Access to Justice
The Asia Foundation Supports Legal Aid in Laos
August 24, 2020
On August 14, 2020, The Asia Foundation provided a grant to the Ministry of Justice (MOJ) in Laos to further implement the Memorandum of Understanding on Access to Justice and Legal Aid Support for January 2020 to May 2023. The ministry plans to open legal aid offices in all provinces and districts of Laos, and the Foundation will provide support t… Read more
Alternative Dispute Resolution Gains Traction in Pakistan
December 18, 2019
Pakistan’s courts are overloaded. Civil litigation can often span decades, sometimes outliving the litigants. But with new legislation and support from The Asia Foundation, alternative dispute resolution is quickly becoming an accepted alternative that can speed the delivery of justice.
Water, Gender, and Poverty in Cambodia’s Stung Chinit Watershed
December 4, 2019
Cambodia’s Stung Chinit Watershed is one of the world’s most productive ecosystems, but it is also among Cambodia’s poorest regions, where inequalities of gender and poverty can make water for drinking and agriculture scarce or unavailable.
On the Anniversary of Independence, How Secure Is Timor-Leste?
September 25, 2019
Last month, Dili played host to visiting government officials from more than 20 countries, including Prime Minister Scott Morrison of Australia, to celebrate the twentieth anniversary of Timor-Leste’s vote for independence on August 30, 1999. As the excitement and gravitas of the nationwide festivities taper off, and the dry-season dust resettles o… Read more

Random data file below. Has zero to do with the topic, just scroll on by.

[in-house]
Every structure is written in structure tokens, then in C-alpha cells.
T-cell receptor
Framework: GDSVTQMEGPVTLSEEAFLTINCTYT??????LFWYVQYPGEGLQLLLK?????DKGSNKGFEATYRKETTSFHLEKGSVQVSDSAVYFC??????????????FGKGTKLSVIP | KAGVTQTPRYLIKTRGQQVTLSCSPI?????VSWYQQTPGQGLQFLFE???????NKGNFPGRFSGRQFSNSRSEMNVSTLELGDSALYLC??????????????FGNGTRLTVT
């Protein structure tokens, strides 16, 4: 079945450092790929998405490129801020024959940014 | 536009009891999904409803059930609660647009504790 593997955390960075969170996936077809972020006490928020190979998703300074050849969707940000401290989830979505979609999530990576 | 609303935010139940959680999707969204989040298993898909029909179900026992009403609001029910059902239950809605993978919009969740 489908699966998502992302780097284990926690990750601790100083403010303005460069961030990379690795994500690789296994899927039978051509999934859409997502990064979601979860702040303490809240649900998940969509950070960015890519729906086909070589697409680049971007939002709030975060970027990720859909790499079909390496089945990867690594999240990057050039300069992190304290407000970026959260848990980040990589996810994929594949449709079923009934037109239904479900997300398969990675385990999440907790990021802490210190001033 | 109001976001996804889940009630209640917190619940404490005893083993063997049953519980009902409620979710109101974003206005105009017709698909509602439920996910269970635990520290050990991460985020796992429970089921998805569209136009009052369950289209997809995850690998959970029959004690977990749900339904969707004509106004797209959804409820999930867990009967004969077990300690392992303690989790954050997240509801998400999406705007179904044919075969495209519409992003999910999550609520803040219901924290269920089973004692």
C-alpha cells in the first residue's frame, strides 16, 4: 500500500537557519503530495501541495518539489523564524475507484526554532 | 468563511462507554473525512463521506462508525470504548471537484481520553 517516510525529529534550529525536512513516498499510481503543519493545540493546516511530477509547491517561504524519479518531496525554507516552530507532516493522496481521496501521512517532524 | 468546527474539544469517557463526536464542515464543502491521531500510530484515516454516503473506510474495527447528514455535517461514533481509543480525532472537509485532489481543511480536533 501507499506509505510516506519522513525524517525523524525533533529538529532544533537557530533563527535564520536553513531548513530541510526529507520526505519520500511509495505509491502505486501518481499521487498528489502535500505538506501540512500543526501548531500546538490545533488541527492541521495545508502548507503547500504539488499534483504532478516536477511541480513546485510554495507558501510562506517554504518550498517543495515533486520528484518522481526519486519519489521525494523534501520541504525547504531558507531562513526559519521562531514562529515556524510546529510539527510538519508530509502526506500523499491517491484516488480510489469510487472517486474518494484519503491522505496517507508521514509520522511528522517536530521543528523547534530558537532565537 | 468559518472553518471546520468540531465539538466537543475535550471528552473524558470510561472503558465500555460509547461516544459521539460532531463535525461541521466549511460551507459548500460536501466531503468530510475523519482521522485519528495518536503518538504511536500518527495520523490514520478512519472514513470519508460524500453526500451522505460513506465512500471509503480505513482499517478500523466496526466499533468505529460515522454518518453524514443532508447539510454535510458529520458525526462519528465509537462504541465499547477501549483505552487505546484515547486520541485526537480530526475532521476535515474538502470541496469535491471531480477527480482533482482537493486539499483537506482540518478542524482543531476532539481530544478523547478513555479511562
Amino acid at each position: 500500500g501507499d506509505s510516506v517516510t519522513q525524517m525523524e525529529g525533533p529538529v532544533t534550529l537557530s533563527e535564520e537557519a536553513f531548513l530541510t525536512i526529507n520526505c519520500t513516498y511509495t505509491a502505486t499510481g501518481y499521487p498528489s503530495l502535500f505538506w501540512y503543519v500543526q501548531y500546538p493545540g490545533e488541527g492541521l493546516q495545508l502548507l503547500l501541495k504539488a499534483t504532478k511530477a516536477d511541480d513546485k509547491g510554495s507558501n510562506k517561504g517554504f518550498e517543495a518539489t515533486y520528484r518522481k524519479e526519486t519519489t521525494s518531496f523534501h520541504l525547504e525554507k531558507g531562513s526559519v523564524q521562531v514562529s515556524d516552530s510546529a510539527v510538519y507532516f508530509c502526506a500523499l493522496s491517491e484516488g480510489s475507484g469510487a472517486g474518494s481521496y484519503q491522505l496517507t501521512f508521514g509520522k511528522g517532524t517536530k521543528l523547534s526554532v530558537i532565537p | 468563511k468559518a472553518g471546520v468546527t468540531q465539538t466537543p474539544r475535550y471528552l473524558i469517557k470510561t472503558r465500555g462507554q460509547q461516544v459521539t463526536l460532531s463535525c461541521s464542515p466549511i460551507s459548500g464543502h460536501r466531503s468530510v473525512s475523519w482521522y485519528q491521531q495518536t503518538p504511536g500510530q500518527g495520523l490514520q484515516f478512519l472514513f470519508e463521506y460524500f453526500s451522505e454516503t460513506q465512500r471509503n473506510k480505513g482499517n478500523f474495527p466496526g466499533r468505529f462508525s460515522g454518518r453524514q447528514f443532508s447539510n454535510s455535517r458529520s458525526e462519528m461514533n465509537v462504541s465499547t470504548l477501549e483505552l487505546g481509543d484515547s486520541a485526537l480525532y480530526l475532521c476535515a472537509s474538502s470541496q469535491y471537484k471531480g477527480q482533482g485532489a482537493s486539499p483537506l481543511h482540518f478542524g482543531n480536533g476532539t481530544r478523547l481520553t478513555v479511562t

A Long Road: Access to Justice in Laos
June 19, 2019
When her father died suddenly last year, the family of Mrs. Somleuthai (her name has been changed for privacy) started to break apart. Her father, a small farmer, had left an inheritance, 2.5 hectares of land in the rural district of Xayabouly. Her mother and each of her six siblings insisted that they had the rights to all of it. The fighting went… Read more
Tackling the Backlog in Pakistan’s Courts
August 29, 2018
In his old age, a longstanding property dispute became the bane of Abdul Hamid Khan’s existence. The father of four sons and three daughters in Punjab’s Rahimyar district, Khan had been left, like Shakespeare’s King Lear, without a roof over his head. It was a dispute over land inheritance. In 2010, Khan transferred all his property, some 16 acres,… Read more